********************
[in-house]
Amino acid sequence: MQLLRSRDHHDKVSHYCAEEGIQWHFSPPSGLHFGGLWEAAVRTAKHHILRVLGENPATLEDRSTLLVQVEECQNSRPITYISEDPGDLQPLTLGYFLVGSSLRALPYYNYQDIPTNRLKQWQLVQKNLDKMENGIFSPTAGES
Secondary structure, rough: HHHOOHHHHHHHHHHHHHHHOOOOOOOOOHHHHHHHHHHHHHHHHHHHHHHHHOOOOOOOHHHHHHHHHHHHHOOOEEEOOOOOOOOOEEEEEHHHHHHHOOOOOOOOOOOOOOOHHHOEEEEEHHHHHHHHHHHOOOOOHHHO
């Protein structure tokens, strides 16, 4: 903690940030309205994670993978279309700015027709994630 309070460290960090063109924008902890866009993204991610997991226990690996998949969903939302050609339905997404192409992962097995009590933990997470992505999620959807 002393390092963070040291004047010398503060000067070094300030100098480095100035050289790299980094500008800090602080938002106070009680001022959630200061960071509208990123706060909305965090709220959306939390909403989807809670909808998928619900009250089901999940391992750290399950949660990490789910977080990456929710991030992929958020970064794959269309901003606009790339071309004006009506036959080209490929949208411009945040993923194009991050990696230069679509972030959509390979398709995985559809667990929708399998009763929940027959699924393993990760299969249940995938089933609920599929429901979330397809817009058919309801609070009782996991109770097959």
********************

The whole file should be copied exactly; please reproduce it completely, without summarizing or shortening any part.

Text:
[in-house]
Amino acid sequence: MQLLRSRDHHDKVSHYCAEEGIQWHFSPPSGLHFGGLWEAAVRTAKHHILRVLGENPATLEDRSTLLVQVEECQNSRPITYISEDPGDLQPLTLGYFLVGSSLRALPYYNYQDIPTNRLKQWQLVQKNLDKMENGIFSPTAGES
Secondary structure, rough: HHHOOHHHHHHHHHHHHHHHOOOOOOOOOHHHHHHHHHHHHHHHHHHHHHHHHOOOOOOOHHHHHHHHHHHHHOOOEEEOOOOOOOOOEEEEEHHHHHHHOOOOOOOOOOOOOOOHHHOEEEEEHHHHHHHHHHHOOOOOHHHO
């Protein structure tokens, strides 16, 4: 903690940030309205994670993978279309700015027709994630 309070460290960090063109924008902890866009993204991610997991226990690996998949969903939302050609339905997404192409992962097995009590933990997470992505999620959807 002393390092963070040291004047010398503060000067070094300030100098480095100035050289790299980094500008800090602080938002106070009680001022959630200061960071509208990123706060909305965090709220959306939390909403989807809670909808998928619900009250089901999940391992750290399950949660990490789910977080990456929710991030992929958020970064794959269309901003606009790339071309004006009506036959080209490929949208411009945040993923194009991050990696230069679509972030959509390979398709995985559809667990929708399998009763929940027959699924393993990760299969249940995938089933609920599929429901979330397809817009058919309801609070009782996991109770097959």